By Christopher Kennedy
“I feel like the last Irishman in the Kitchen,” laments Jackie Flannery, Gary Oldman’s character in “State Of Grace (1990),” an overlooked crime drama about Irish mobsters on the west side of Manhattan. The film, loosely based on the book “Westies,” by T.J. English, follows Sean Penn as Terry Noonan, a former neighborhood tough kid-turned Boston police officer who returns to Hell’s Kitchen after many years to go undercover for the NYPD in order to infiltrate a gang consisting of his old friends. Noonan soon regrets ever taking on the assignment, as his feelings for best friend Jackie and former flame Kate (played brilliantly by Robin Wright Penn) make him question both his responsibilities and renewed loyalties.
The gang’s leader, Frankie Flannery (Ed Harris) is in the midst of brokering a deal with the Italian mob so he can “retire,” but reluctantly agrees to take Terry into the fold. Frankie’s character is cold, mechanized, and completely amoral. His matter-of-fact approach to discarding the gang’s debt-ridden but affable member Stevie McGuire (John C. Reilly) is chilling, and it soon becomes clear that Frankie takes his orders from Italian mobster Borelli (played by the late Joe Viterelli).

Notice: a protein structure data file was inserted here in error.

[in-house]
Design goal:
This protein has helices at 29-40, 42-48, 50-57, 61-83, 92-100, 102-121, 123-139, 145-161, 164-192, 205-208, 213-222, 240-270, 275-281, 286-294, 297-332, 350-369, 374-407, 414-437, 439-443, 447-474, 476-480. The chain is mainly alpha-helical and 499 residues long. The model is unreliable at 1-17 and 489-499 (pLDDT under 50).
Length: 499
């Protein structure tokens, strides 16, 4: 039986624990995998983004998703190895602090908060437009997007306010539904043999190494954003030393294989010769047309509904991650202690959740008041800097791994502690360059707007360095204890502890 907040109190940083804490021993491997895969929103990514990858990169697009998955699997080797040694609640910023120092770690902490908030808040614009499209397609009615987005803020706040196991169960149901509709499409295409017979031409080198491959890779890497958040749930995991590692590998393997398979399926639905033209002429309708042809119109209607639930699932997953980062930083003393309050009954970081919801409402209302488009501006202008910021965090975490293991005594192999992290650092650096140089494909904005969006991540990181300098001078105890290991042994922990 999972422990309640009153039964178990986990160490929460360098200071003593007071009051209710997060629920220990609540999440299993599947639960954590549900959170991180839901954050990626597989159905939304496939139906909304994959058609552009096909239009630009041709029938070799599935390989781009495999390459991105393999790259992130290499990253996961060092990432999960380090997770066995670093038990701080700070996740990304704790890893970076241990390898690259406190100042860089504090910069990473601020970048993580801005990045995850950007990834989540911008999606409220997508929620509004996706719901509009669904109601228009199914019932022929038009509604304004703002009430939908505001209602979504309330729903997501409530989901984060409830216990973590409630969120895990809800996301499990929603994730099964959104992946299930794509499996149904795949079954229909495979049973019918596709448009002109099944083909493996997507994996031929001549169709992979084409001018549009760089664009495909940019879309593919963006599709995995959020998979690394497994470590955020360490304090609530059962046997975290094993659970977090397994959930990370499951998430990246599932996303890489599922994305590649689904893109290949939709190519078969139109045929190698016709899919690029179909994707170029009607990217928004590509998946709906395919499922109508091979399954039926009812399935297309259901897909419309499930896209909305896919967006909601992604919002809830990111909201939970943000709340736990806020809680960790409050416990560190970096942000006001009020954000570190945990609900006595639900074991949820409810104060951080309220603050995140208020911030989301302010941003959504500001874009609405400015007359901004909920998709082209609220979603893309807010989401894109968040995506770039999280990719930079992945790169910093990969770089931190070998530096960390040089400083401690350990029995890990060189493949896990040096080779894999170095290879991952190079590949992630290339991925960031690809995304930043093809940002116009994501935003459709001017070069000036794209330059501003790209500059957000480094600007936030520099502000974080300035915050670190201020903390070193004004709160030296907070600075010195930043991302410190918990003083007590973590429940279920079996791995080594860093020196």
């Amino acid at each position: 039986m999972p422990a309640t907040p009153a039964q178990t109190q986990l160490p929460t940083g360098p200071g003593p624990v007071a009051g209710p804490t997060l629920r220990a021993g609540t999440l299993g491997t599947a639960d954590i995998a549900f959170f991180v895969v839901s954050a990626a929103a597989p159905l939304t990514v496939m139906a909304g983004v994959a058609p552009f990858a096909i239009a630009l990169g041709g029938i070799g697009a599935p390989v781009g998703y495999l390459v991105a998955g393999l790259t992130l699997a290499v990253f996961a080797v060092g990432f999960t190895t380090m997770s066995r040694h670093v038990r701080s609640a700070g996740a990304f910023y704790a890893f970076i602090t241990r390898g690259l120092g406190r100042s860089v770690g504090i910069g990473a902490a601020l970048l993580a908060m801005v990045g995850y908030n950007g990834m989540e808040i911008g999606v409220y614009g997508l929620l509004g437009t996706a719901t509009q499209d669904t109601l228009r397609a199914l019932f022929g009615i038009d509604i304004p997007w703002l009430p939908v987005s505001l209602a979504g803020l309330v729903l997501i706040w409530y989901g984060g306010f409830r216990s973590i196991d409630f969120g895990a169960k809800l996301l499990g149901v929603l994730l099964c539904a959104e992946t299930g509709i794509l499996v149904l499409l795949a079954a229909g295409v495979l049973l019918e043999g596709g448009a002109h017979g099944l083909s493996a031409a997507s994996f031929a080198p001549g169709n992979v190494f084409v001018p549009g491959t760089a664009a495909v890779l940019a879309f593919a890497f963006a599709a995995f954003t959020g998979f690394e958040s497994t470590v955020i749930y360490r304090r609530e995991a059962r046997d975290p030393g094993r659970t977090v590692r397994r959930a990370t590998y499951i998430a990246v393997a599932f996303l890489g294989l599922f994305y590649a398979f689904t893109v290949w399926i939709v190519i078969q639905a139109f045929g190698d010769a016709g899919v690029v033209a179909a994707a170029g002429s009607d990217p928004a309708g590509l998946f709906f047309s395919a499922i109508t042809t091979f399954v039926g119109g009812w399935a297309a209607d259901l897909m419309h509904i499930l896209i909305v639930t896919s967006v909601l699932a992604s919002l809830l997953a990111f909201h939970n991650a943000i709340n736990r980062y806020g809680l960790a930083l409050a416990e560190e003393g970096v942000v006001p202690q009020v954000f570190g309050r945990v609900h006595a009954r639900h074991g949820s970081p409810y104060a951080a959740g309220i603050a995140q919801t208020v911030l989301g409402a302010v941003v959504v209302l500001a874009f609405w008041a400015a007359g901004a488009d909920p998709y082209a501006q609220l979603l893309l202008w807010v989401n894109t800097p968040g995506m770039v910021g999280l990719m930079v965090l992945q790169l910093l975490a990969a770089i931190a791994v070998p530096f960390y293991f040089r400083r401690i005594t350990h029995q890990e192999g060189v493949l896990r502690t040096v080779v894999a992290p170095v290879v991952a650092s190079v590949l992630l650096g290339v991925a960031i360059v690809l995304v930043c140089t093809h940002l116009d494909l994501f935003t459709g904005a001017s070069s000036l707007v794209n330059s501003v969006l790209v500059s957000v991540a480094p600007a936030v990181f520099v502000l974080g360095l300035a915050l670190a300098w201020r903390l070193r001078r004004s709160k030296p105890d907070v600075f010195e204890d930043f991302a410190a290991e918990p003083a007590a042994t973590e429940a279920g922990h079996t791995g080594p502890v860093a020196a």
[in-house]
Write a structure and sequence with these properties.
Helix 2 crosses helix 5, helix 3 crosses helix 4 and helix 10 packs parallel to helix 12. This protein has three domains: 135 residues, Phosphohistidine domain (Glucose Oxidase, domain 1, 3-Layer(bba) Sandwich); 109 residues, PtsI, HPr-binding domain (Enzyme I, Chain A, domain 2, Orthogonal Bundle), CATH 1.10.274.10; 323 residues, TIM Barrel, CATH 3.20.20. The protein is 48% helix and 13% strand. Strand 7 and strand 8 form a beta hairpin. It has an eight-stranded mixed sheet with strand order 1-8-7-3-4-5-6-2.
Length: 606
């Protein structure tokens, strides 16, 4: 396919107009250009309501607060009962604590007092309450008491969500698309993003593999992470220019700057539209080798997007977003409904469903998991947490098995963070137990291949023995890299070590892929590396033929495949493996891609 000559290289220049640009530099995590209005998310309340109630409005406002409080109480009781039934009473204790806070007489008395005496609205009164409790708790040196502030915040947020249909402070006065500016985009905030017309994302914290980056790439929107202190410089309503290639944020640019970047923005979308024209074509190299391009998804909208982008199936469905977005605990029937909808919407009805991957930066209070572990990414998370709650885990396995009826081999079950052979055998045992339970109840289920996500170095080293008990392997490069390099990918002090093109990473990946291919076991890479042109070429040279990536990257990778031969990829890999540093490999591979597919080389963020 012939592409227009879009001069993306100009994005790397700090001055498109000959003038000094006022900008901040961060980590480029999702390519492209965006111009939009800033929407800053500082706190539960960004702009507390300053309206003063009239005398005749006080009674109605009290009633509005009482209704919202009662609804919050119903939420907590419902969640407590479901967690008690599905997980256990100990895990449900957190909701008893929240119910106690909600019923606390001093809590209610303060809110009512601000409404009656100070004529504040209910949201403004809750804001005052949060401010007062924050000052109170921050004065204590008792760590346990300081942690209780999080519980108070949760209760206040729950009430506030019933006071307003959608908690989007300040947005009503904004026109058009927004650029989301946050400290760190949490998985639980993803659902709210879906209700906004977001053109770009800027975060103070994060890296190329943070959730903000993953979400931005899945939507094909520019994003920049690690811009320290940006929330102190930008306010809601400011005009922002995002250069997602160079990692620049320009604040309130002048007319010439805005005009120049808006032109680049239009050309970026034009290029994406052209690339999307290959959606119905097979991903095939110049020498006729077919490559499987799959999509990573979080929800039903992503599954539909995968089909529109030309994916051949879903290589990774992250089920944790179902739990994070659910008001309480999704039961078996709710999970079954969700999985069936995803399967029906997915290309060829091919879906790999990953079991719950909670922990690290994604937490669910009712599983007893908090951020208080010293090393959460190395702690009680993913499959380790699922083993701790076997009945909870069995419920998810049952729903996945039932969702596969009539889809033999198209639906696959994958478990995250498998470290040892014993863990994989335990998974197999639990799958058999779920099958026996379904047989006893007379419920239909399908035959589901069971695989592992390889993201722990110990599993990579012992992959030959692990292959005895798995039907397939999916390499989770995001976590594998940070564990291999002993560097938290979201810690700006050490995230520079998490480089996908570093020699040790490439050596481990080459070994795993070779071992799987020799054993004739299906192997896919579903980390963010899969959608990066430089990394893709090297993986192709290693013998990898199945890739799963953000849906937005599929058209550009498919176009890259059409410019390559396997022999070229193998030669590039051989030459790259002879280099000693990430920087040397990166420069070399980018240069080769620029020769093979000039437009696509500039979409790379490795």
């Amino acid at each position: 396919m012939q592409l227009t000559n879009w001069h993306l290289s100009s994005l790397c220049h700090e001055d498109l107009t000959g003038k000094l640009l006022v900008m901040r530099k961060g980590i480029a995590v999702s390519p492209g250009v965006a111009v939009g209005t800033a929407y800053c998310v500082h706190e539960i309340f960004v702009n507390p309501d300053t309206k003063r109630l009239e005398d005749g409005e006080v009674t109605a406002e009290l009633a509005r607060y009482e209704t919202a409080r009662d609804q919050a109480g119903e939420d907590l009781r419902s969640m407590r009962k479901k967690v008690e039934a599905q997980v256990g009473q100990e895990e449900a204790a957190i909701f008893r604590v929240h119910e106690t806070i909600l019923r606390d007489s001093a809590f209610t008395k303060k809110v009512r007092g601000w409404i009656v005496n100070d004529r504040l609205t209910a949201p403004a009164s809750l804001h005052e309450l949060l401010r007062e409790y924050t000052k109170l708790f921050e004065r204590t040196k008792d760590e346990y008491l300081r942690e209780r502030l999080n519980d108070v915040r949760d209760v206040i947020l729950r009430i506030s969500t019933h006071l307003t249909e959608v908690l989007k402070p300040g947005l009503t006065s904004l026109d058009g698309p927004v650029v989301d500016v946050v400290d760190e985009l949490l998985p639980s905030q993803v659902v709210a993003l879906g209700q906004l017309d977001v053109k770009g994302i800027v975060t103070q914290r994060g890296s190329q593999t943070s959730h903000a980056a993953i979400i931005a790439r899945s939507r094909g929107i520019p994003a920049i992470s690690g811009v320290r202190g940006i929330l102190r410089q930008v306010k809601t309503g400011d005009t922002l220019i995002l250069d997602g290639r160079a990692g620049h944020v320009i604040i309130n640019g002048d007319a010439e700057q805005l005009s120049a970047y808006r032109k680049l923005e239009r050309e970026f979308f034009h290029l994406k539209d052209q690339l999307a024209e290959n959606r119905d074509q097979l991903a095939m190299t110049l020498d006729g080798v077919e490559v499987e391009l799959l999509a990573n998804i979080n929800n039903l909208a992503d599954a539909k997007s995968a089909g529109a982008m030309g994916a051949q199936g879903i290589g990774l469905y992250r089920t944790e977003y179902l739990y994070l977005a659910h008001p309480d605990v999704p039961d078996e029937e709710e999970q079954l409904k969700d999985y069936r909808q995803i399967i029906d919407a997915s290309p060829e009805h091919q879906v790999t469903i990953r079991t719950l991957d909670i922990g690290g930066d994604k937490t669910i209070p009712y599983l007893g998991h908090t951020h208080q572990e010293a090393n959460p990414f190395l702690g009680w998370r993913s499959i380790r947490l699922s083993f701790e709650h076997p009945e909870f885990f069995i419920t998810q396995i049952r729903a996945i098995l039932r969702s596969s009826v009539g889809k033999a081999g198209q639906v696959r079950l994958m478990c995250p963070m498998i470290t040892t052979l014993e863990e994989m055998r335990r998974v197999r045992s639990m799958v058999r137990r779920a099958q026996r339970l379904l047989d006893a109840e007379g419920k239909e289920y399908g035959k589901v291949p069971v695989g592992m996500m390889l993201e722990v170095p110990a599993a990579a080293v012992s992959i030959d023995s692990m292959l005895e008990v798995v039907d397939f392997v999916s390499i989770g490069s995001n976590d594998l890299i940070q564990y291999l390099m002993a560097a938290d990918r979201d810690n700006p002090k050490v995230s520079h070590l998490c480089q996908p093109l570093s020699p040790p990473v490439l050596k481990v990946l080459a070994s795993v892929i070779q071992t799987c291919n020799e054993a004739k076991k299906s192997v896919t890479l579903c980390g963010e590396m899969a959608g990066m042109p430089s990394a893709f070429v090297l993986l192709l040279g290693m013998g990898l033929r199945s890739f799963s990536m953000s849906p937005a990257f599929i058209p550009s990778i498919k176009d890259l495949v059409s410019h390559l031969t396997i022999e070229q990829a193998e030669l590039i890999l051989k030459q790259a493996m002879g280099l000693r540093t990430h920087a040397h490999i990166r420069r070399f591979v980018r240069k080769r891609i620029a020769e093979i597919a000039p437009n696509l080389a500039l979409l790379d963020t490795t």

The film includes a haunting musical score and a cast of superb actors, including John Turturro as Terry’s supervising officer, R.D. Call as Frankie’s right-hand man, Pat Nicholson, and a memorable cameo by the late Burgess Meredith. But it is Gary Oldman as Frankie who steals scene after scene with his bizarre sense of humor, twisted logic and fierce ethnic pride.
“State of Grace” was released in the same year as Martin Scorcese’s Oscar-winning mob picture, “GoodFellas,” which may explain why it didn’t received the attention it deserves. Nonetheless, the film is a cinematic treat, with excellent dialogue, crisp direction, and a climactic scene juxtaposed against the New York City St. Patrick’s Day Parade that is as gripping in its intensity as it is in its beauty.